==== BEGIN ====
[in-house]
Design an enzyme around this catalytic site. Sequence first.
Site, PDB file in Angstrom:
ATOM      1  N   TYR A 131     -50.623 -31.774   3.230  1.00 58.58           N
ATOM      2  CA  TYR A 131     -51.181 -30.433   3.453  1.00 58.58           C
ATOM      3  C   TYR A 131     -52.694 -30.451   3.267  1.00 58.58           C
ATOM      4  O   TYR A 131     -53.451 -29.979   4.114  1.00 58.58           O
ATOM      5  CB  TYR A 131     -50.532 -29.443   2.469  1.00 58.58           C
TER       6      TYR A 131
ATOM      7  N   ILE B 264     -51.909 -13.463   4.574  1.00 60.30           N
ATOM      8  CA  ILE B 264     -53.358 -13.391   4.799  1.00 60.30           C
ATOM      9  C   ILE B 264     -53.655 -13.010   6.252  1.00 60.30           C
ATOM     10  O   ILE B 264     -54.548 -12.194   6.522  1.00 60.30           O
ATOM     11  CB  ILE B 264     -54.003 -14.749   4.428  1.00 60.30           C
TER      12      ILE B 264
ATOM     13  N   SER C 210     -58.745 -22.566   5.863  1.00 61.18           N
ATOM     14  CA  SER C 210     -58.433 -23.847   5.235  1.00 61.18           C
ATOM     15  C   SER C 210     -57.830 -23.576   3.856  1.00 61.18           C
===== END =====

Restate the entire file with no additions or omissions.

[in-house]
Design an enzyme around this catalytic site. Sequence first.
Site, PDB file in Angstrom:
ATOM      1  N   TYR A 131     -50.623 -31.774   3.230  1.00 58.58           N
ATOM      2  CA  TYR A 131     -51.181 -30.433   3.453  1.00 58.58           C
ATOM      3  C   TYR A 131     -52.694 -30.451   3.267  1.00 58.58           C
ATOM      4  O   TYR A 131     -53.451 -29.979   4.114  1.00 58.58           O
ATOM      5  CB  TYR A 131     -50.532 -29.443   2.469  1.00 58.58           C
TER       6      TYR A 131
ATOM      7  N   ILE B 264     -51.909 -13.463   4.574  1.00 60.30           N
ATOM      8  CA  ILE B 264     -53.358 -13.391   4.799  1.00 60.30           C
ATOM      9  C   ILE B 264     -53.655 -13.010   6.252  1.00 60.30           C
ATOM     10  O   ILE B 264     -54.548 -12.194   6.522  1.00 60.30           O
ATOM     11  CB  ILE B 264     -54.003 -14.749   4.428  1.00 60.30           C
TER      12      ILE B 264
ATOM     13  N   SER C 210     -58.745 -22.566   5.863  1.00 61.18           N
ATOM     14  CA  SER C 210     -58.433 -23.847   5.235  1.00 61.18           C
ATOM     15  C   SER C 210     -57.830 -23.576   3.856  1.00 61.18           C